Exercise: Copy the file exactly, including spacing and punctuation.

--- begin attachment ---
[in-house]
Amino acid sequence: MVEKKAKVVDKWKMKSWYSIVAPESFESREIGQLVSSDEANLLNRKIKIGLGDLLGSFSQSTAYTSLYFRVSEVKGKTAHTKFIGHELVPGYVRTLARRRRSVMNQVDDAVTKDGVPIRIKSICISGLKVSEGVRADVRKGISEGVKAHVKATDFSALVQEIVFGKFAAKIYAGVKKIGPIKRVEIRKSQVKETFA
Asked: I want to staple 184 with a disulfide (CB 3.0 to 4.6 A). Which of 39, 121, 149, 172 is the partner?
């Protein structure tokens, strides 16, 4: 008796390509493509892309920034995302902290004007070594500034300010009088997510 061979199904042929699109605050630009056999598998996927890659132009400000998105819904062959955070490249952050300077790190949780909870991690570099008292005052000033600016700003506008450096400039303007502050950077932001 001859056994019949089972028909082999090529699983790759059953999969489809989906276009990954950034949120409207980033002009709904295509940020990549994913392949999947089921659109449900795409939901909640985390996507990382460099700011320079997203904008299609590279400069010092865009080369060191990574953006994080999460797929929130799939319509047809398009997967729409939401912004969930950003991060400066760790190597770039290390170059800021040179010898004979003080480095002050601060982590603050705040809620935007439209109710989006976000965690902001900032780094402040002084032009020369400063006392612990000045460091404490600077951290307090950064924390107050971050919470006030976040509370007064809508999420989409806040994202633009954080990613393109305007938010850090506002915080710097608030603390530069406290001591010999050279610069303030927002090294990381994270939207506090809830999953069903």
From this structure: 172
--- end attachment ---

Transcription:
[in-house]
Amino acid sequence: MVEKKAKVVDKWKMKSWYSIVAPESFESREIGQLVSSDEANLLNRKIKIGLGDLLGSFSQSTAYTSLYFRVSEVKGKTAHTKFIGHELVPGYVRTLARRRRSVMNQVDDAVTKDGVPIRIKSICISGLKVSEGVRADVRKGISEGVKAHVKATDFSALVQEIVFGKFAAKIYAGVKKIGPIKRVEIRKSQVKETFA
Asked: I want to staple 184 with a disulfide (CB 3.0 to 4.6 A). Which of 39, 121, 149, 172 is the partner?
């Protein structure tokens, strides 16, 4: 008796390509493509892309920034995302902290004007070594500034300010009088997510 061979199904042929699109605050630009056999598998996927890659132009400000998105819904062959955070490249952050300077790190949780909870991690570099008292005052000033600016700003506008450096400039303007502050950077932001 001859056994019949089972028909082999090529699983790759059953999969489809989906276009990954950034949120409207980033002009709904295509940020990549994913392949999947089921659109449900795409939901909640985390996507990382460099700011320079997203904008299609590279400069010092865009080369060191990574953006994080999460797929929130799939319509047809398009997967729409939401912004969930950003991060400066760790190597770039290390170059800021040179010898004979003080480095002050601060982590603050705040809620935007439209109710989006976000965690902001900032780094402040002084032009020369400063006392612990000045460091404490600077951290307090950064924390107050971050919470006030976040509370007064809508999420989409806040994202633009954080990613393109305007938010850090506002915080710097608030603390530069406290001591010999050279610069303030927002090294990381994270939207506090809830999953069903």
From this structure: 172